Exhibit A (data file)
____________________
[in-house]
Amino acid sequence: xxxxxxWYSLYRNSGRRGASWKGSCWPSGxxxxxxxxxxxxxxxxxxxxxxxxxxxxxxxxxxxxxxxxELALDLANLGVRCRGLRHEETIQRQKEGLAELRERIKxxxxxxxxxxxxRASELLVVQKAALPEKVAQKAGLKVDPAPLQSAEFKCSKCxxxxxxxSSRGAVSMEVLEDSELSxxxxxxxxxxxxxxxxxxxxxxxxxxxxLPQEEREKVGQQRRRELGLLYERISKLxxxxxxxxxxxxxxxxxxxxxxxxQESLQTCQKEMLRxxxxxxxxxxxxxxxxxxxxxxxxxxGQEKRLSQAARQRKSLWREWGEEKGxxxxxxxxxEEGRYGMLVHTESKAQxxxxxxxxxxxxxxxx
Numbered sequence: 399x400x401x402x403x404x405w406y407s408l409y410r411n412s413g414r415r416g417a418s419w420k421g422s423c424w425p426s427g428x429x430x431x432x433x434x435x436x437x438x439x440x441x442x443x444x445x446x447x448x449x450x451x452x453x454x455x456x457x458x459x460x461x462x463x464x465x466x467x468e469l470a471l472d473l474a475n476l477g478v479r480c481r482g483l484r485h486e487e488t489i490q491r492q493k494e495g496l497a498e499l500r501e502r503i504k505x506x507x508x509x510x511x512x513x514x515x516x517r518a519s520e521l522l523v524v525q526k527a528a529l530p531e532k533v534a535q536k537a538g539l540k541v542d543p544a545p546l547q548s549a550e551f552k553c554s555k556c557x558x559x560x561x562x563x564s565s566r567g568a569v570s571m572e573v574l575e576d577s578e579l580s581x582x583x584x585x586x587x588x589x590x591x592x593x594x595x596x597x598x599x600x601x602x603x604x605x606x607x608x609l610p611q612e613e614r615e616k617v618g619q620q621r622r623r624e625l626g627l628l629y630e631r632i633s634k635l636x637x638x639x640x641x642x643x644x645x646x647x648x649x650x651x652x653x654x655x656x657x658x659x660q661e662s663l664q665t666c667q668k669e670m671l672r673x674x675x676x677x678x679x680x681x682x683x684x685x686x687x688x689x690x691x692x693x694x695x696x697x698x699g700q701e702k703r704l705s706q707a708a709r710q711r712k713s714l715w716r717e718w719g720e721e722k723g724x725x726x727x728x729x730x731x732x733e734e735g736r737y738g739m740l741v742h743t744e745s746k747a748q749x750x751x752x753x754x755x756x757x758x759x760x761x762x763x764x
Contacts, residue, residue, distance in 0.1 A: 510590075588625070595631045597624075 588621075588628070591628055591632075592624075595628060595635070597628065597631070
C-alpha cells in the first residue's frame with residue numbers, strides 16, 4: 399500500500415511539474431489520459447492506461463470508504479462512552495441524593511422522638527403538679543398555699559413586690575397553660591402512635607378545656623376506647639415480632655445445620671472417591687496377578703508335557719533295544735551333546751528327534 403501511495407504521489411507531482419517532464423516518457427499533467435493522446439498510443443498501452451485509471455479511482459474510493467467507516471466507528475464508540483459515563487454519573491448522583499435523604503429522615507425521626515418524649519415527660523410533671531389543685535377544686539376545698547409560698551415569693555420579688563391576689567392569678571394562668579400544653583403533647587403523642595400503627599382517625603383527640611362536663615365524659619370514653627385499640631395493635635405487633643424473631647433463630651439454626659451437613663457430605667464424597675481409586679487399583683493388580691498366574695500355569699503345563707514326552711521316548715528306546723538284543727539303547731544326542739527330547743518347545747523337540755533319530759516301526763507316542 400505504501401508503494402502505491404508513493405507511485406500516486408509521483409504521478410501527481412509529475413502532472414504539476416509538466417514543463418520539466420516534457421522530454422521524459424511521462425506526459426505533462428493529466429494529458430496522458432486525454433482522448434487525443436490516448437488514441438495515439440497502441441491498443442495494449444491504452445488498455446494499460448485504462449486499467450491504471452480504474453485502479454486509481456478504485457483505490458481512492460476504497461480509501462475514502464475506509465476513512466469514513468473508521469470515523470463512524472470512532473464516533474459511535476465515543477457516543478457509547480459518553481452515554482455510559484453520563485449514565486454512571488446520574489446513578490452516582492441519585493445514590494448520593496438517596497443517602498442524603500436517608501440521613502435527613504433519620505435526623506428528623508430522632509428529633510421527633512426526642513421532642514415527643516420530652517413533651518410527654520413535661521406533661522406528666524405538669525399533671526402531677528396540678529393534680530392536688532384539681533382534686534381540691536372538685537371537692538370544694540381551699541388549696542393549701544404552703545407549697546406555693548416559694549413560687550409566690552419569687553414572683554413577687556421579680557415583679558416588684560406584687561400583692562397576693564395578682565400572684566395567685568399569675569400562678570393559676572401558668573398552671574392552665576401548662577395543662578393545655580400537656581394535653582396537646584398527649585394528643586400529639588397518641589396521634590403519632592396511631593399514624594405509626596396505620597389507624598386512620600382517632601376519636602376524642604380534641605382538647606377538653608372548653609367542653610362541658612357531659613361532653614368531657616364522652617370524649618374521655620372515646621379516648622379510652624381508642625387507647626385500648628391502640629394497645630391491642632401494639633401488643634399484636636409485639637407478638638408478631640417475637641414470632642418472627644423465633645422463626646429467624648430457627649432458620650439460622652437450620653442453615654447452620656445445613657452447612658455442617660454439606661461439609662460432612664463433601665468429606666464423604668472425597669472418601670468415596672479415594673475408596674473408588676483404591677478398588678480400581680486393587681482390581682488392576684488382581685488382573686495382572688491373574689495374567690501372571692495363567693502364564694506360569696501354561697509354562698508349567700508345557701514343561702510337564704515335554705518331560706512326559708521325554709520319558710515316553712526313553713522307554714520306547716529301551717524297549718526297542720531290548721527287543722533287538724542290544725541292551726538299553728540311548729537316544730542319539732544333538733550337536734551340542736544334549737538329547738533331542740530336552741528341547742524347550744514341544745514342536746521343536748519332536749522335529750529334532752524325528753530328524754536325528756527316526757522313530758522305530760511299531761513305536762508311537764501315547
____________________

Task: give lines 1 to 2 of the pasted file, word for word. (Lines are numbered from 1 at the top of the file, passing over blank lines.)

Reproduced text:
[in-house]
Amino acid sequence: xxxxxxWYSLYRNSGRRGASWKGSCWPSGxxxxxxxxxxxxxxxxxxxxxxxxxxxxxxxxxxxxxxxxELALDLANLGVRCRGLRHEETIQRQKEGLAELRERIKxxxxxxxxxxxxRASELLVVQKAALPEKVAQKAGLKVDPAPLQSAEFKCSKCxxxxxxxSSRGAVSMEVLEDSELSxxxxxxxxxxxxxxxxxxxxxxxxxxxxLPQEEREKVGQQRRRELGLLYERISKLxxxxxxxxxxxxxxxxxxxxxxxxQESLQTCQKEMLRxxxxxxxxxxxxxxxxxxxxxxxxxxGQEKRLSQAARQRKSLWREWGEEKGxxxxxxxxxEEGRYGMLVHTESKAQxxxxxxxxxxxxxxxx